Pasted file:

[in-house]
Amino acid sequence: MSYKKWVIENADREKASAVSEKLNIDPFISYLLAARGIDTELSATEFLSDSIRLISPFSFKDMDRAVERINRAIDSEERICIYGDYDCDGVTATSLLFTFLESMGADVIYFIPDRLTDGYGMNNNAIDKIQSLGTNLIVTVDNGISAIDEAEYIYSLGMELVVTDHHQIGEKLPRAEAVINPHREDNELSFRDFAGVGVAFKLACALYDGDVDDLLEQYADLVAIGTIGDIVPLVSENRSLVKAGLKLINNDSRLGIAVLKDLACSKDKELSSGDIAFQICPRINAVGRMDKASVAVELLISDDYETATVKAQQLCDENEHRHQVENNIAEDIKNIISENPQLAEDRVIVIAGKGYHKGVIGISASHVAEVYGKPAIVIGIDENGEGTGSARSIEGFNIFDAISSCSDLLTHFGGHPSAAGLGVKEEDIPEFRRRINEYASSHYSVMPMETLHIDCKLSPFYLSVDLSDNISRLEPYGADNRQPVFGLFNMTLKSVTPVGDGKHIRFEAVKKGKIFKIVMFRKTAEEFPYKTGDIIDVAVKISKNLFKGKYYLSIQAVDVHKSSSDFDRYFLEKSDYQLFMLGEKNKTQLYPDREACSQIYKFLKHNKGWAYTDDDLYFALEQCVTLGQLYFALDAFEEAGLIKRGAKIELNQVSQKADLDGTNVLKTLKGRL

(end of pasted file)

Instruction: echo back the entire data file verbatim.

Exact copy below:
[in-house]
Amino acid sequence: MSYKKWVIENADREKASAVSEKLNIDPFISYLLAARGIDTELSATEFLSDSIRLISPFSFKDMDRAVERINRAIDSEERICIYGDYDCDGVTATSLLFTFLESMGADVIYFIPDRLTDGYGMNNNAIDKIQSLGTNLIVTVDNGISAIDEAEYIYSLGMELVVTDHHQIGEKLPRAEAVINPHREDNELSFRDFAGVGVAFKLACALYDGDVDDLLEQYADLVAIGTIGDIVPLVSENRSLVKAGLKLINNDSRLGIAVLKDLACSKDKELSSGDIAFQICPRINAVGRMDKASVAVELLISDDYETATVKAQQLCDENEHRHQVENNIAEDIKNIISENPQLAEDRVIVIAGKGYHKGVIGISASHVAEVYGKPAIVIGIDENGEGTGSARSIEGFNIFDAISSCSDLLTHFGGHPSAAGLGVKEEDIPEFRRRINEYASSHYSVMPMETLHIDCKLSPFYLSVDLSDNISRLEPYGADNRQPVFGLFNMTLKSVTPVGDGKHIRFEAVKKGKIFKIVMFRKTAEEFPYKTGDIIDVAVKISKNLFKGKYYLSIQAVDVHKSSSDFDRYFLEKSDYQLFMLGEKNKTQLYPDREACSQIYKFLKHNKGWAYTDDDLYFALEQCVTLGQLYFALDAFEEAGLIKRGAKIELNQVSQKADLDGTNVLKTLKGRL